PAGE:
Demographic changes 

Dmytro Bazyka notes that in 1986, the birth rate decreased because people did not understand the effects of radiation on future generations and feared that children would have fatal and incurable diseases. Also, mortality increased. 

"The mortality rate is higher among those who suffered from acute radiation sickness of the rescue workers," says the professor. 

One of the factors that also affect life expectancy and mortality is resettlement. 

"The stress is also affecting health," says Bazyka.

Psychological consequences

The population experienced fear due to the unknown consequences of the disaster and resettlement. Many were forced to move house, which was accompanied by stress. Despite the new location, people still needed more understanding of the radiation effects. 

"When a person is exposed to radiation, they experience a certain psychological stress; if they were evacuated, it is also stressful, and radiation was superimposed on it, and thus one effect reinforced the other," the professor says. 

As of 2021, about 51% of the population perceived radiation as hazardous to health. In addition, 70.6 per cent were concerned about their and their children's health, and 35.3 per cent were concerned about the lack of information about the population's health.

Cultural impact

The Chornobyl disaster was also reflected in art. Ukrainians have reinterpreted the tragedy in paintings, poems and films. One of the symbols of the Chornobyl accident is the "Chornobyl pine tree". 

"It is supposed to have miraculous powers and is associated with the Second World War, growing almost on the line that connects the fourth emergency unit of the Chornobyl nuclear power plant with Prypiat. The Nazis allegedly used this pine tree to execute partisans. During the liquidation, the entire forest was buried because of hazardous emissions. Still, the pine tree was left behind," says Oksana Semenik, an art historian and researcher of the Chornobyl disaster in Ukrainian art.

The historian also says that another symbol is the Chornobyl Madonna: "The image of the Mother of God with a child has always been associated with beauty and the future that the birth of Christ gives humanity. But, instead, the Chornobyl Madonna symbolises the Apocalypse because these mothers and children are suffering from radiation, meaning there is no future."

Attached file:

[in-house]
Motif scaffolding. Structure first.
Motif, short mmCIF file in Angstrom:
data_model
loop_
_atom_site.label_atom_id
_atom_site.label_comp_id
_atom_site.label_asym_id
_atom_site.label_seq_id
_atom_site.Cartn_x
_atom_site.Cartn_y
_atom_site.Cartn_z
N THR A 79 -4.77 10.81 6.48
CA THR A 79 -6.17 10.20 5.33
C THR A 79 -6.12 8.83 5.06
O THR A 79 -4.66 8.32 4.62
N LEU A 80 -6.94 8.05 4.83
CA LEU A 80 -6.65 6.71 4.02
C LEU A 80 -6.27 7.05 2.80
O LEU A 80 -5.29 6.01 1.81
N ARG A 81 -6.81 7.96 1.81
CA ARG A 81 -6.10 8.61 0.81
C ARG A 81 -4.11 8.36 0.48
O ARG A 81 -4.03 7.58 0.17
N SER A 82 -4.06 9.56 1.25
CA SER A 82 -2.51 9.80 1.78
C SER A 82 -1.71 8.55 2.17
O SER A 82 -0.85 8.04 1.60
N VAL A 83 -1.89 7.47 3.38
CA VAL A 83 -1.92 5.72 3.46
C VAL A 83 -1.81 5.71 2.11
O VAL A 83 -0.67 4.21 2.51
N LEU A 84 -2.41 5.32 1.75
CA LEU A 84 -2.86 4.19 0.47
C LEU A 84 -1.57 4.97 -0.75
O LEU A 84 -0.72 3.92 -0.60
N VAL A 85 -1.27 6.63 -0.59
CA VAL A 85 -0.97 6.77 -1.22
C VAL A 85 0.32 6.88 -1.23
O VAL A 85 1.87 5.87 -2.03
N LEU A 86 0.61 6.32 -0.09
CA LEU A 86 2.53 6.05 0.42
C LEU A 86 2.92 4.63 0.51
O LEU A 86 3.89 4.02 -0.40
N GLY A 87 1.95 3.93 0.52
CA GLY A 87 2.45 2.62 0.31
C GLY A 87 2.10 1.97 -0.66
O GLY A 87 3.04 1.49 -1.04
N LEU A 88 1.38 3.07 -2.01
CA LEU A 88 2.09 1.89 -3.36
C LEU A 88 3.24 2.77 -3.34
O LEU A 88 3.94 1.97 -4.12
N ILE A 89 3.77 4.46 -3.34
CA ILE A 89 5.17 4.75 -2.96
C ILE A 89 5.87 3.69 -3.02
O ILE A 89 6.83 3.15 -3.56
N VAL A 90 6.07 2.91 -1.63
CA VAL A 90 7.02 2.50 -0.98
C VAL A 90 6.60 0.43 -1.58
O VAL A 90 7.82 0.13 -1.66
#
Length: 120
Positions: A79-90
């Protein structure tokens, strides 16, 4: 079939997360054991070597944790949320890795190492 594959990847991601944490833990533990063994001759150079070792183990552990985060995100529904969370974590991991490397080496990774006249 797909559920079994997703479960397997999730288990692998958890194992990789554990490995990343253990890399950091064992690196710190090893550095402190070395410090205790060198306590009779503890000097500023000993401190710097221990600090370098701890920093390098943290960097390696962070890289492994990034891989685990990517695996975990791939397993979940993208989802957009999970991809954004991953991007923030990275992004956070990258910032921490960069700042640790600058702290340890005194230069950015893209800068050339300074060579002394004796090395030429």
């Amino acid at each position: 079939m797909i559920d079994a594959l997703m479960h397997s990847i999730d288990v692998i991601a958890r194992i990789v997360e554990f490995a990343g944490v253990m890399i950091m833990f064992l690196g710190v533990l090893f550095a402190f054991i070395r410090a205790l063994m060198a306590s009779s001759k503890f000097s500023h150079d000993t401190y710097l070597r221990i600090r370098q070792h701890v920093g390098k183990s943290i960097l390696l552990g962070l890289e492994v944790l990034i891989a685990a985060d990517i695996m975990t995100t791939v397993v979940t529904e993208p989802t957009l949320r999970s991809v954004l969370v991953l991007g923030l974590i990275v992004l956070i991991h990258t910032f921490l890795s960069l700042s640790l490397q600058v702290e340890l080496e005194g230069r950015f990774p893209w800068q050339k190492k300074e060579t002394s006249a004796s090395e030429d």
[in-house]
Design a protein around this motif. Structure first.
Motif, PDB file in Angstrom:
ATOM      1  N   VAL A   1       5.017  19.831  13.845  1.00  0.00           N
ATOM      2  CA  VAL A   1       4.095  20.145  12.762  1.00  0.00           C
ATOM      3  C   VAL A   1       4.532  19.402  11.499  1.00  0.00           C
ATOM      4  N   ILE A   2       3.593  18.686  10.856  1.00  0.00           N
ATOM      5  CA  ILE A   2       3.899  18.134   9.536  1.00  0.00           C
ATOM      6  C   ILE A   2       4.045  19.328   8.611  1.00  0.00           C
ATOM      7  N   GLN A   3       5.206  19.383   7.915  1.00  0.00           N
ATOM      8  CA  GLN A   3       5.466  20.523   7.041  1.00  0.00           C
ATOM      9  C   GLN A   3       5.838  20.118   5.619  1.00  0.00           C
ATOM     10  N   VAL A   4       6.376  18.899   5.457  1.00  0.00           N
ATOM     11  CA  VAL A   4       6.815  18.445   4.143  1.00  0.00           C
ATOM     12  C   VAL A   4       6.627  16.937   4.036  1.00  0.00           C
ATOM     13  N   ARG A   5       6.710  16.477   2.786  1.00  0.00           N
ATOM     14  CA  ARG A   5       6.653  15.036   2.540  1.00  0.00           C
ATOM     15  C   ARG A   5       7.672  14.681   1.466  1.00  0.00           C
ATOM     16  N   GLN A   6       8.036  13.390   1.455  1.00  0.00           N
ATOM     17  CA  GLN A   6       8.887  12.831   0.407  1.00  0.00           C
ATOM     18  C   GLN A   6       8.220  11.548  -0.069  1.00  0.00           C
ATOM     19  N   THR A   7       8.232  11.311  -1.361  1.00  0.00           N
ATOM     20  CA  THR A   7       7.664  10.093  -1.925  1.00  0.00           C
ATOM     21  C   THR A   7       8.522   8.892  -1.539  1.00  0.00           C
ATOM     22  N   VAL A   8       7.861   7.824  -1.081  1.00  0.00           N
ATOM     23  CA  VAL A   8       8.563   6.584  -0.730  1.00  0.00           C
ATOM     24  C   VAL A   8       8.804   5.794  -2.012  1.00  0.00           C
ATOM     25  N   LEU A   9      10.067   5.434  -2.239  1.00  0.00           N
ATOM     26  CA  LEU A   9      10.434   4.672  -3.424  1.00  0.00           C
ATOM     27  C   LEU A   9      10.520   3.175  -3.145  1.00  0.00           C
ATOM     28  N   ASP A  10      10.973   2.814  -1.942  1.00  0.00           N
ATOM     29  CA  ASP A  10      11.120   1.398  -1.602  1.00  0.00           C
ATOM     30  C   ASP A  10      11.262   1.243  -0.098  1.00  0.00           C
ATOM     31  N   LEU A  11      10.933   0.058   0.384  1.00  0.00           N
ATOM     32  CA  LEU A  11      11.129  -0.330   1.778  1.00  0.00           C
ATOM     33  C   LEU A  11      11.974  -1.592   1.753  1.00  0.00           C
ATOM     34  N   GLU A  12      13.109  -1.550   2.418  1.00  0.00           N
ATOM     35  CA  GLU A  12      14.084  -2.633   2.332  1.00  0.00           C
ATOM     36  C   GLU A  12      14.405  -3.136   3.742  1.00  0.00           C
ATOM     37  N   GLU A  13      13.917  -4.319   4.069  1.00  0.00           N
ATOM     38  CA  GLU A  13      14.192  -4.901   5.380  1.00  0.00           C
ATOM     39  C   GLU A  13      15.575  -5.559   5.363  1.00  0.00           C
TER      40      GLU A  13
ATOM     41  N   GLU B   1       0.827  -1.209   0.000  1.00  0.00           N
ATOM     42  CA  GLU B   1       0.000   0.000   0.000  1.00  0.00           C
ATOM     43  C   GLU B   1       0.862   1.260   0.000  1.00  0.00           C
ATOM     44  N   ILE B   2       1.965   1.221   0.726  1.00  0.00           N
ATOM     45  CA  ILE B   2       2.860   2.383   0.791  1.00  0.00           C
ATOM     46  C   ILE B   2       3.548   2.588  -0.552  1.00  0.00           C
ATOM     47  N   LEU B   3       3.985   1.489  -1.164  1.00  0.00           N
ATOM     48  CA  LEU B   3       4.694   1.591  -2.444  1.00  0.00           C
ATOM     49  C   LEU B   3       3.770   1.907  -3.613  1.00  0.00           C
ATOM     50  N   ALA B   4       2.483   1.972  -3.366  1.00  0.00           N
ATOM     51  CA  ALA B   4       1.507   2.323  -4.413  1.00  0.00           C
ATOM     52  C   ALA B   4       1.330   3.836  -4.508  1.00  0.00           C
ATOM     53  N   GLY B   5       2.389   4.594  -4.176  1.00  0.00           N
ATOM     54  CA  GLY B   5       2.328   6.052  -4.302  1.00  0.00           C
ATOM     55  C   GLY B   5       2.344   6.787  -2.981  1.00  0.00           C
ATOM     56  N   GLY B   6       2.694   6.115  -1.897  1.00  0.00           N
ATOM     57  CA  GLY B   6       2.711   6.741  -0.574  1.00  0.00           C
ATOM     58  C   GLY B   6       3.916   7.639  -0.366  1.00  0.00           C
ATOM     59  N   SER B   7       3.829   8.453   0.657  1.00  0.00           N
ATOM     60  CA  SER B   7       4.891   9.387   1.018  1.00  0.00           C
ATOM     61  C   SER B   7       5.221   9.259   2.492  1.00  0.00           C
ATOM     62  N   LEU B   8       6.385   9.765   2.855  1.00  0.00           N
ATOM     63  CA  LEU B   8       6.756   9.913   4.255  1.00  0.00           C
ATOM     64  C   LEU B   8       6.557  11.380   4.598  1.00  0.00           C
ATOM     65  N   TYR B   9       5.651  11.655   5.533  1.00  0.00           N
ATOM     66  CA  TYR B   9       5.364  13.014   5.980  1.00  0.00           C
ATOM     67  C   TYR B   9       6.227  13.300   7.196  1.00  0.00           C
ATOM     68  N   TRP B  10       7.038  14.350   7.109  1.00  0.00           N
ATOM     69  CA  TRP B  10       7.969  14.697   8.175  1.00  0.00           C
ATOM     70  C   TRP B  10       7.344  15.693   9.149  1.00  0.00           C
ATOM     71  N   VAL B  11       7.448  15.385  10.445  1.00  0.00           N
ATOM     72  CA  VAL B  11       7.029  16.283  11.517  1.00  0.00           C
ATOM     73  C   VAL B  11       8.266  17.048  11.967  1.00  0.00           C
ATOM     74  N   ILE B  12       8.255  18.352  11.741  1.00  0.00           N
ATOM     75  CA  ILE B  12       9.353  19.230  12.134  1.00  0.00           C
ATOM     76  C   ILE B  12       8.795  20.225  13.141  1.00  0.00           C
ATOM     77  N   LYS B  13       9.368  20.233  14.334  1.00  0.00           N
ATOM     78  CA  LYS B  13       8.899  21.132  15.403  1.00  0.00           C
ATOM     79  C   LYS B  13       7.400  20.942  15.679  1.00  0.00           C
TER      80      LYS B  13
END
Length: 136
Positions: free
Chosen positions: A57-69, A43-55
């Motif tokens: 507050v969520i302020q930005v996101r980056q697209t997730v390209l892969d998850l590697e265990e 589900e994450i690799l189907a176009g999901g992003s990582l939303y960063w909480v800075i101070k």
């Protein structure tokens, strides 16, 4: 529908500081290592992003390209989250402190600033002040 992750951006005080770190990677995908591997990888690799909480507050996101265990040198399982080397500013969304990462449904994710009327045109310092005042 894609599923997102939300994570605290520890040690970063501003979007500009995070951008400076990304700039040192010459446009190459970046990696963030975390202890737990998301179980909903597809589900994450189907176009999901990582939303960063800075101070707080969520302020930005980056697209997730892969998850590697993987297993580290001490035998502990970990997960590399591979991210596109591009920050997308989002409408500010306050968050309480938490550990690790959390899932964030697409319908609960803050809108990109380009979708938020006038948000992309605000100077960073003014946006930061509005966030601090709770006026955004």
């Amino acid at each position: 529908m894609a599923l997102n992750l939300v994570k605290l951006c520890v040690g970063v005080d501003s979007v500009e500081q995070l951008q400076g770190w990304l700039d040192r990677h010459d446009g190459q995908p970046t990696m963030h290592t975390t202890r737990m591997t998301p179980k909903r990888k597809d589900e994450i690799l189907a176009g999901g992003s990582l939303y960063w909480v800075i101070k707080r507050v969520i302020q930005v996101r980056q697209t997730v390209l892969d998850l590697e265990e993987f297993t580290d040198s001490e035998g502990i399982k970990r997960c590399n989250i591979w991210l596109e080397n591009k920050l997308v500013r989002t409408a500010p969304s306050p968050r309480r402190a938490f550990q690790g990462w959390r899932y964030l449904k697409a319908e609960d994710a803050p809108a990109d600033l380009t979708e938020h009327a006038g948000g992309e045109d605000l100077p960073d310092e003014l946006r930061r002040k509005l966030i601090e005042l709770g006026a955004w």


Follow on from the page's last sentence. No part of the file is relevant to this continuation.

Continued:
In particular, the problem of tragedy through this image is revealed by Ivan Drach in his poem "The Chornobyl Madonna". His Madonna is a mother who gave birth to a son involved in the explosion, and the poet compares the party and state leaders to King Herod.

"I think that the artists of that time wanted to convey a sense of apocalypse when everything breaks down. So, on the one hand, it is indeed the end of the world, but on the other hand, something new can be assembled from these fragments," notes Oksana Semenik.

What is happening with Chornobyl now? 

Before the full-scale Russian invasion, excursions were held on the territory of the Chornobyl zone. On February 24, 2022, Russian troops entered the area by crossing the border with Belarus. The Russians seized the power plant along with its employees. 

On March 31, 2022, Russian troops withdrew from the Chornobyl nuclear power plant. The Washington Post reported that the military had taken about $135 million worth of equipment from the Chornobyl power plant. 

"The Russian army took out 690 computers, 344 cars, 1500 dosimeters, almost all firefighting equipment and many irreplaceable devices necessary for the functioning of the power plant," said Mykola Bezpalyi, director of the Central Analytical Laboratory of the power plant.

Over three decades after the accident occurred, Ukraine and the world are still facing the problems caused by the explosion. However, we are encountering another similar threat: the temporary occupation of Zaporizhzhia NPP. 

The plant has repeatedly lost the external power supply necessary to maintain regular operation. The Russians are deploying military equipment on the territory, and workers are being held, abducted and tortured.  

"Europe's largest nuclear facility continues to suffer from the arbitrariness of the Russian military and their henchmen, while Ukrainian personnel are desperately trying to maintain nuclear and radiation safety across the continent," Energoatom reports.